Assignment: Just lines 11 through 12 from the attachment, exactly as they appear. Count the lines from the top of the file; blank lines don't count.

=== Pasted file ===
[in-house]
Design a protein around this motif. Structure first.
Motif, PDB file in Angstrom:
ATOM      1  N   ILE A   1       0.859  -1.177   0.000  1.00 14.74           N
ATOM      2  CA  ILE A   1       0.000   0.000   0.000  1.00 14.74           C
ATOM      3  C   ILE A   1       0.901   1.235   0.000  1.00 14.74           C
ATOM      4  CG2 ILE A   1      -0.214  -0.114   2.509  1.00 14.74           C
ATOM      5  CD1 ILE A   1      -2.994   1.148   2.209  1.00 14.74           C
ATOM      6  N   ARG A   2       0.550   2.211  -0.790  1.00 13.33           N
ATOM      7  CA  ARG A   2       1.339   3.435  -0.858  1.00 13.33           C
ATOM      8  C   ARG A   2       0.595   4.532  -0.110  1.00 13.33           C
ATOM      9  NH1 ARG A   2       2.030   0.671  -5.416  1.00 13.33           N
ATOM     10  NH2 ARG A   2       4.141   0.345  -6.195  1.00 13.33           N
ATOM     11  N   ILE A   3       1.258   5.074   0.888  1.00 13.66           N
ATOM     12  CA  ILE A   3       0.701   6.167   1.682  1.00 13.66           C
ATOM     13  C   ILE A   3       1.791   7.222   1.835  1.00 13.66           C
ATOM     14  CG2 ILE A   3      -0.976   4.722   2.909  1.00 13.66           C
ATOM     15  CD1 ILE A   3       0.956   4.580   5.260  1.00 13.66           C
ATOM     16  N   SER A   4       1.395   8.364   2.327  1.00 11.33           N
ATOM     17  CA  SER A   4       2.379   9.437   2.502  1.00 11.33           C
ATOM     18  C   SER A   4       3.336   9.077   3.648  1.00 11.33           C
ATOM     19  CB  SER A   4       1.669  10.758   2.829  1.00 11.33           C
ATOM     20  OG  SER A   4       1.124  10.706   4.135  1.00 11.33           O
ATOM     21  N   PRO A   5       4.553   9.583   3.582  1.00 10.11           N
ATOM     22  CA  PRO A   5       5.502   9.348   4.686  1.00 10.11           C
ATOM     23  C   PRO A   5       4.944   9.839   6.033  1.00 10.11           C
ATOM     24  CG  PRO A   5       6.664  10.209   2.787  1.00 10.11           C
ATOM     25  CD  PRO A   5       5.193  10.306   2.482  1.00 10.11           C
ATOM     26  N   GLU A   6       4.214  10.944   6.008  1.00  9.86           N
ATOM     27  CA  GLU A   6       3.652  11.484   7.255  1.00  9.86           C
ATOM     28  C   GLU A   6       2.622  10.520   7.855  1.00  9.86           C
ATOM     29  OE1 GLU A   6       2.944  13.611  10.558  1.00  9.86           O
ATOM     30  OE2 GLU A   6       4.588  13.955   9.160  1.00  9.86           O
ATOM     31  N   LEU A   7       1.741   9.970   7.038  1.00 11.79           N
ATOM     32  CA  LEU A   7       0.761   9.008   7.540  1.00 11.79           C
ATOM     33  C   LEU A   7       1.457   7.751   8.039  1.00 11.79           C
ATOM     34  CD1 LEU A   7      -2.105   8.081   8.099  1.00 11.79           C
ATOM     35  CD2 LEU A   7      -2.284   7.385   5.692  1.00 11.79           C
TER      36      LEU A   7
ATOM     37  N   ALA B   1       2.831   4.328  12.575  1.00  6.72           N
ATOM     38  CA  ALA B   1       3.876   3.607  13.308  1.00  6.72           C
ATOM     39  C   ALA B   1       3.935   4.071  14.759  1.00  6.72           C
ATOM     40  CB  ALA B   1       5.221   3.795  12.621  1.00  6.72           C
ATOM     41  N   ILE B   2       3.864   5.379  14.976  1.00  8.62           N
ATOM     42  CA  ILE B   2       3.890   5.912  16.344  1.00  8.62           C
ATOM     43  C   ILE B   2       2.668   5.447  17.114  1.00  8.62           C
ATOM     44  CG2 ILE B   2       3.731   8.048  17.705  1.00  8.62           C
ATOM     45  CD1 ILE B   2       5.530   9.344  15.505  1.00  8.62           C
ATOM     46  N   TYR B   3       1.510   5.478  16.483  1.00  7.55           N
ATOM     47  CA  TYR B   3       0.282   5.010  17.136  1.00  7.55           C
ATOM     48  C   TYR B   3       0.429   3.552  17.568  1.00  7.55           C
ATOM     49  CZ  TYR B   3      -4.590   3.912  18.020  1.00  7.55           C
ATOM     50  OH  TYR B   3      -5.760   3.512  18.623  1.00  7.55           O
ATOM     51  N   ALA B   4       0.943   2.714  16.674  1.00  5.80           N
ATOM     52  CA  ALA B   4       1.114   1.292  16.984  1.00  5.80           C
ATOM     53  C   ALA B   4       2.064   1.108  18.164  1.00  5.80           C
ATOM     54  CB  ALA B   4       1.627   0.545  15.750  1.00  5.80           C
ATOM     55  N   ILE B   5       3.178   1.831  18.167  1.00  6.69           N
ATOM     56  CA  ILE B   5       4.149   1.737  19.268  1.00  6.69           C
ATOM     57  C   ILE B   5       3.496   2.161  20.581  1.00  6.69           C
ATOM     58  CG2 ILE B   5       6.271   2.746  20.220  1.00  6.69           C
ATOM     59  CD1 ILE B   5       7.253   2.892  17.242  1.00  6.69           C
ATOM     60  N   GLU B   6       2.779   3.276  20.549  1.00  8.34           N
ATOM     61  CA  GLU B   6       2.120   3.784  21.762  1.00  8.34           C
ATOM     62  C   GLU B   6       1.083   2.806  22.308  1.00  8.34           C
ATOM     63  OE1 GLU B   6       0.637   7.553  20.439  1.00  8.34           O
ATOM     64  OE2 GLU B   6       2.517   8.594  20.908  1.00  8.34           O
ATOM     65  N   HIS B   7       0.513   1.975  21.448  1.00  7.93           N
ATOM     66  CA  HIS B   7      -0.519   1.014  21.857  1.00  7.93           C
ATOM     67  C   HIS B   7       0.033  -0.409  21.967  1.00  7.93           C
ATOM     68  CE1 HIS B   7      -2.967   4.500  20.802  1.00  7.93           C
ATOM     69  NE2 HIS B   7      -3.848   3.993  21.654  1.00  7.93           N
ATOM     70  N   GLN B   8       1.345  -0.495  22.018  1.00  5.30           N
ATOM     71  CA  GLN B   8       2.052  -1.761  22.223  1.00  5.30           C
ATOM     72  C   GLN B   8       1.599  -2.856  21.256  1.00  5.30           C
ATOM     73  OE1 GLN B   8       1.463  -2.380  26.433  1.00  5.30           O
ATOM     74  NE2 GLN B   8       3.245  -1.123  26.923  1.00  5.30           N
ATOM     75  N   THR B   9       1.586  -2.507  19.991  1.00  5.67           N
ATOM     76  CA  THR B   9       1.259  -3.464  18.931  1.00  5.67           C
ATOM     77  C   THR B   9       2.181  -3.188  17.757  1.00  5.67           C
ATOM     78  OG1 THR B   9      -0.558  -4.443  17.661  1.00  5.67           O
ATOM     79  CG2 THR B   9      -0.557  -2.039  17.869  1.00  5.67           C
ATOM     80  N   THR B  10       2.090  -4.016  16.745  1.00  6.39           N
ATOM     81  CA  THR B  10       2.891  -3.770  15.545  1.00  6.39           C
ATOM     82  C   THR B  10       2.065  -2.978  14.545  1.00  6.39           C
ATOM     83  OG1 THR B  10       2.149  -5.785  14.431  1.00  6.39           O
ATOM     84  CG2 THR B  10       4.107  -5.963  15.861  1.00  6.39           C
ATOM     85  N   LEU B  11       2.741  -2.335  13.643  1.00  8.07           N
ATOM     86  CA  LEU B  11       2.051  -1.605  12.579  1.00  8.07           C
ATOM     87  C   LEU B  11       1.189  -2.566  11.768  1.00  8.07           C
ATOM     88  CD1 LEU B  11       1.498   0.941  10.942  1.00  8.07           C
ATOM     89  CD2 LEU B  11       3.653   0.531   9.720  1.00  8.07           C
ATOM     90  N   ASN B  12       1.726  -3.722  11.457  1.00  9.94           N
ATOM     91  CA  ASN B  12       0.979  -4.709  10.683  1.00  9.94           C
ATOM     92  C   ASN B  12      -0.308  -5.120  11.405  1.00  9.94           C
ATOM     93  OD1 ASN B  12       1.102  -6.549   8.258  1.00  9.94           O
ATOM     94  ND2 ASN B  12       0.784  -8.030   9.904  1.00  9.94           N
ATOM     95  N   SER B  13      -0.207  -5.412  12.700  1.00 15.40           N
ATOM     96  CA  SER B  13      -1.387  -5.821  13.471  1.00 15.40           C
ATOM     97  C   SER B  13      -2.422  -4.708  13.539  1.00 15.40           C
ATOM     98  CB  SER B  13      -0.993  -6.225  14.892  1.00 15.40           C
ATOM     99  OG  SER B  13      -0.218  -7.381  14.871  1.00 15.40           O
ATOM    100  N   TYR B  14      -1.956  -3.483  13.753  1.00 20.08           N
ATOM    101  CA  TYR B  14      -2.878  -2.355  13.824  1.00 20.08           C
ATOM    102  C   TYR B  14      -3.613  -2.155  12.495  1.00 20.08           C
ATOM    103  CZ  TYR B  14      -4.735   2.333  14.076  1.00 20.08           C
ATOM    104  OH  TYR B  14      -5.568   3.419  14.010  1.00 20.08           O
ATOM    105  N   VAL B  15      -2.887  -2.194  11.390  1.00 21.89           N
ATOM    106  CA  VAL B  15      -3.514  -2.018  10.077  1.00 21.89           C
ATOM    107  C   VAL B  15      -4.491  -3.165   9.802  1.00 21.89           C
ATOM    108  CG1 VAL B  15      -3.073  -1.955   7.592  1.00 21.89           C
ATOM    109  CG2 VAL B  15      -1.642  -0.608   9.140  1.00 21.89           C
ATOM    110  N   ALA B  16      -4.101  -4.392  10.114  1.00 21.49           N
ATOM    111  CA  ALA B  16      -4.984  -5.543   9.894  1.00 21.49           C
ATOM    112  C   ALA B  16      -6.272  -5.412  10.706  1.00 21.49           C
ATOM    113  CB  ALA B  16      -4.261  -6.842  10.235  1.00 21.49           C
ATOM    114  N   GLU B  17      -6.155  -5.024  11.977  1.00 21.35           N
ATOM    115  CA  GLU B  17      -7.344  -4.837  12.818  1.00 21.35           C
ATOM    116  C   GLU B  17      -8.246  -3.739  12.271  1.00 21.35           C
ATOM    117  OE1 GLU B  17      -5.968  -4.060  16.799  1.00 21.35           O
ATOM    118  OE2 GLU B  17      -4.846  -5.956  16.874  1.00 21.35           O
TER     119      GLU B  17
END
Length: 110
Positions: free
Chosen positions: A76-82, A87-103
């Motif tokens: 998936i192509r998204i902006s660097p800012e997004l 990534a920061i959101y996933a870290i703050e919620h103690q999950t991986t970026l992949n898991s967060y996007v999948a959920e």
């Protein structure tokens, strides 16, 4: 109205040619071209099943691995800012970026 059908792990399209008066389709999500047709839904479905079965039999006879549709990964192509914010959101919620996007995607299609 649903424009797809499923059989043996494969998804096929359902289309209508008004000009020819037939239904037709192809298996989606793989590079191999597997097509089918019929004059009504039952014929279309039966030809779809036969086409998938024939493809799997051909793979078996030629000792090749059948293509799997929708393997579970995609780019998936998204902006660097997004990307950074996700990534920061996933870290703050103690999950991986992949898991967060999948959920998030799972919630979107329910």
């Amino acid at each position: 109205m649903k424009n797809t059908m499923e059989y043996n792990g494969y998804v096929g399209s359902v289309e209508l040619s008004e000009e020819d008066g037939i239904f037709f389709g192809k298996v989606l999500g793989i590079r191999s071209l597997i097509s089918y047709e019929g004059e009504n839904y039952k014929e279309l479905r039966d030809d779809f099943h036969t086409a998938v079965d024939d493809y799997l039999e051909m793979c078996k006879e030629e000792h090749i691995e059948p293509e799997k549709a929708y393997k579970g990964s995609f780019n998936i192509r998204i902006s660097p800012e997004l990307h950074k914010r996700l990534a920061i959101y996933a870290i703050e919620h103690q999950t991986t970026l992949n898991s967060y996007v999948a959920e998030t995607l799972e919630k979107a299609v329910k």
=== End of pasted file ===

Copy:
ATOM      8  C   ARG A   2       0.595   4.532  -0.110  1.00 13.33           C
ATOM      9  NH1 ARG A   2       2.030   0.671  -5.416  1.00 13.33           N